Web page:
Public hearing set for sewage plant funds
The public will have a chance Thursday to weigh in on a funding realignment for the Beaver Lake Sewage Treatment Plant project.
More than $74,000 in the form of a Community Development Block Grant has been diverted from the project, which is called an “abandonment” of funds and requires a hearing to be held for public comment.
However, “that doesn’t mean the funds have been literally ‘abandoned,’ ” Kristin McLaughlin, SEDA-COG Community Development project coordinator, said. “They have not been forfeited. They have been moved to another project.”
The block grant, a program of the U.S. Department of Housing and Urban Development, initially was approved to make repairs and improvements to the treatment plant, which was damaged by flooding from Tropical Storm Lee in 2011.
After a survey of permanent residents in Beaver Lake and their average income level, however, the state Department of Community and Economic Development – which administers the block grants – determined that the project did not meet eligibility requirements because it did not encompass seasonal residents and properties without existing structures.
Performing an additional survey would have taken time that could have put other funding sources at risk, McLaughlin said, as grants must be used within a specified time frame.
Faced with the possibility of losing the funding altogether, the commissioners voted to move the funds to the DuBoistown sanitary sewer lateral repair project in October of 2013.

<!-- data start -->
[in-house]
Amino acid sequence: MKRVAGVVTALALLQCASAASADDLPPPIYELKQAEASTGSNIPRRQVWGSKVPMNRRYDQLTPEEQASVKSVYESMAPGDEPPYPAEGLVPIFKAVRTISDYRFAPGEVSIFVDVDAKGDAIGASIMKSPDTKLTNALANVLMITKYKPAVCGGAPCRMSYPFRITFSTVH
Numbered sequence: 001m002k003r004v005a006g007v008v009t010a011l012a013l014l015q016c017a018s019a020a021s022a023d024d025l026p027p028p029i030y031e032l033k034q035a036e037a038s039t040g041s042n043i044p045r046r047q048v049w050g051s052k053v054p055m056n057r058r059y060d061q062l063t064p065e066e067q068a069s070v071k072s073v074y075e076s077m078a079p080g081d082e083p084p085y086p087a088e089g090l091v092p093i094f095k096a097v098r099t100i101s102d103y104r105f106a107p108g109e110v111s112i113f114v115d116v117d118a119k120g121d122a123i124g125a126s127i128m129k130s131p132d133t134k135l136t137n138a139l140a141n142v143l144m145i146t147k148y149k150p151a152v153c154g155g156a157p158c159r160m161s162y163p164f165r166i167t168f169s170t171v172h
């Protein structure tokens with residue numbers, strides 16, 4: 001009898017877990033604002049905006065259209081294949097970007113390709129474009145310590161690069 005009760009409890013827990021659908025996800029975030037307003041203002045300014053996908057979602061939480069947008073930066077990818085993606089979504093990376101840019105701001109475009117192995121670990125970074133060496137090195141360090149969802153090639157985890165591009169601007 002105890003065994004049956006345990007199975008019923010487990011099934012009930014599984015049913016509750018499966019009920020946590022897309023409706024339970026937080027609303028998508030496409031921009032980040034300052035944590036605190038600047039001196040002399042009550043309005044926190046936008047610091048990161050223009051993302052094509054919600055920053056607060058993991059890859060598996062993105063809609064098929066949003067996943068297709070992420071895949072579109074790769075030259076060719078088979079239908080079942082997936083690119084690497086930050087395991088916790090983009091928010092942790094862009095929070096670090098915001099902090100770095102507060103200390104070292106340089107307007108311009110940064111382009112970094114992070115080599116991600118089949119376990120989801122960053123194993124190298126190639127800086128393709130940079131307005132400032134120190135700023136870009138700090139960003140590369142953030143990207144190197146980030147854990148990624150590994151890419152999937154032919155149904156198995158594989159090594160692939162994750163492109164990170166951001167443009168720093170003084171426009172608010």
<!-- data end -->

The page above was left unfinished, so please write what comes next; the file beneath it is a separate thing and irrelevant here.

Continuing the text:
The project has not stalled since then, however.
The county offered $40,000 in gas impact fee funding, which was matched dollar-for-dollar by Penn Township, for the purchase of a new grinder pump for the plant.
Of that amount, the pump cost $70,000 and the remaining $10,000 was put toward upgrades to the control building, which has been approved for additional grants from the Federal Emergency Management Agency in order to bring it back to its pre-flood condition, said Bill Kelly, deputy director of planning and community development.
The next upgrade for the plant is a supervisory control and data acquisition, or SCADA, system that can remotely monitor activity at the plant, and one that the county is “exploring all options” for, in terms of funding sources.
Kelly said those are just some of the examples of the “steadfast support” that the county has for the project.
“The county continues to look for solutions in conjuction with the water and sewer authority and Beaver Lake residents,” he said.
The hearing will be held during the next county commissioners meeting at 10 a.m. Thursday at the Pine Street Executive Plaza, 330 Pine St.